Doctors reacted swiftly and indignantly to Wednesday’s release of government records revealing unprecedented details about Medicare payments to physicians.
Many resented being included on a list that showed some doctors billing Medicare for millions of dollars. The top 10 doctors alone received a combined $121.4 million for Medicare Part B payments in 2012.
Federal investigators have scrutinized payments to three of the top 10 earners.
One is Farid Fata, a cancer doctor in the Detroit area, who faces federal fraud charges. He received $10 million in Medicare payments in 2012. Fata was arrested in August and is awaiting trial in a Medicare fraud case, accused of intentionally misdiagnosing illnesses and ordering unnecessary treatments, including chemotherapy for patients who did not have cancer. He has denied any wrongdoing.
Many of the doctors said they were just passing through the payment to drug companies. Some said they were unfairly singled out even though they were billing for an entire practice. And still others disputed the accuracy of Medicare data.
Gerald Ho, 50, a rheumatologist who runs three offices in the Los Angeles area, said he had been “sort of dreading” the release of the Medicare payment data. Ho received nearly $5.4 million in reimbursements in 2012. Of that, he said, probably about $5 million covered the cost of genetically engineered drugs to treat patients with rheumatoid arthritis. He also has to pay a staff of 40.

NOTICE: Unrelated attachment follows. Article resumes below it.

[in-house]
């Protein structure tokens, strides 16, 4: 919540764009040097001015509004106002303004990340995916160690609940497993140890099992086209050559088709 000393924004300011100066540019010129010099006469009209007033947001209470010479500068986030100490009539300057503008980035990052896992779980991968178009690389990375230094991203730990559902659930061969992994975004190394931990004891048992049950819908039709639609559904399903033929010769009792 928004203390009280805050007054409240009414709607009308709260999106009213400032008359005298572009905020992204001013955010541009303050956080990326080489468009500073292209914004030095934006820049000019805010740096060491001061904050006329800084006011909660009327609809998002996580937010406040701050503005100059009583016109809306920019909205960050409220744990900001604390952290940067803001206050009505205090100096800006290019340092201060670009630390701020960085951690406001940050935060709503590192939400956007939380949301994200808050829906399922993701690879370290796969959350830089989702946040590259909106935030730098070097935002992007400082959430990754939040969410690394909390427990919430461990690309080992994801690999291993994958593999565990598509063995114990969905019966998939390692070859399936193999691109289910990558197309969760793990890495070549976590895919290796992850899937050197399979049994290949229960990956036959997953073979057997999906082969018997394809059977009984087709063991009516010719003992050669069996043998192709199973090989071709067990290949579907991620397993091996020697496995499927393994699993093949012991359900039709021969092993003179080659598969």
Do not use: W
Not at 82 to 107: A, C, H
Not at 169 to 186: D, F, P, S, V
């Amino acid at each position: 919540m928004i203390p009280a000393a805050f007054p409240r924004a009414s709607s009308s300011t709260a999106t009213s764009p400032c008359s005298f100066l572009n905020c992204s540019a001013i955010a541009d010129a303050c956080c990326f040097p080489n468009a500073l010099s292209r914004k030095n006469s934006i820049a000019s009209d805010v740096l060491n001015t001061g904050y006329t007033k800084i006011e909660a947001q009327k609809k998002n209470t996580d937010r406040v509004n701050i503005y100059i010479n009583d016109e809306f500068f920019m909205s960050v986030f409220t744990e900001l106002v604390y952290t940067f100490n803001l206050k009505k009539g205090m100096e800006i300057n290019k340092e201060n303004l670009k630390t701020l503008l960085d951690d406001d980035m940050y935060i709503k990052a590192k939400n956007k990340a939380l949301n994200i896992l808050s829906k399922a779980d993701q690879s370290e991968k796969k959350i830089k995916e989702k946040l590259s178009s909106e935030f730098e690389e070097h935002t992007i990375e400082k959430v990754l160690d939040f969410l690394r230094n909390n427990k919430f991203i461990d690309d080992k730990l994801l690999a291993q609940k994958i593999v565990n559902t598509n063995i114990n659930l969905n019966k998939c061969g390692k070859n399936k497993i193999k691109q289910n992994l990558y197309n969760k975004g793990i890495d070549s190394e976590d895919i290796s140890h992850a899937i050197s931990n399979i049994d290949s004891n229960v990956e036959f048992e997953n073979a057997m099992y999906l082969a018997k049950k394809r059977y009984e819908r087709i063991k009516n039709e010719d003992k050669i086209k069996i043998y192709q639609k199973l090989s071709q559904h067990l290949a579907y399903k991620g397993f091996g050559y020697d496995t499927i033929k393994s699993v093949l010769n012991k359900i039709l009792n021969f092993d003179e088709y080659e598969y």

“People are going to see these numbers and people aren’t going to understand,” he said. “I am not pocketing $5.3 million. To tell you the truth, I know there’s been a lot of Medicare fraud, and I understand the government wants to provide a measure of transparency. But when they throw out numbers like this without any context, it’s going to be misconstrued by the public.”
Franklin Cockerill of the Mayo Clinic in Rochester, Minn., is No. 4 on the list with $11,068,463 in reimbursements. As the director for Mayo Clinic Laboratories, Cockerill is routinely listed as the billing physician on more than 23 million tests a year, a Mayo spokesman said.
“When anything is billed out to Medicare, it will have Dr. Cockerill’s name on it,” said Andy Tofilon, marketing administrator for Mayo Medical Laboratories. “He is the chair of a large laboratory-medicine practice, and the buck stops at his desk.”
Cockerill is salaried and has “no financial stake by being included in all of these reports,” Tofilon said.
Minh Nguyen, a hematologist-oncologist at Orange Coast Oncology in Newport Beach, Calif., was listed as the 10th-highest biller of Medicare in 2012. He said all the billings for chemotherapy drugs at his five-physician practice were under his name.
“It looks like I’m getting paid $9 million … but it’s a pass-through,” he said. “The majority of the billing goes to pay the drug companies.”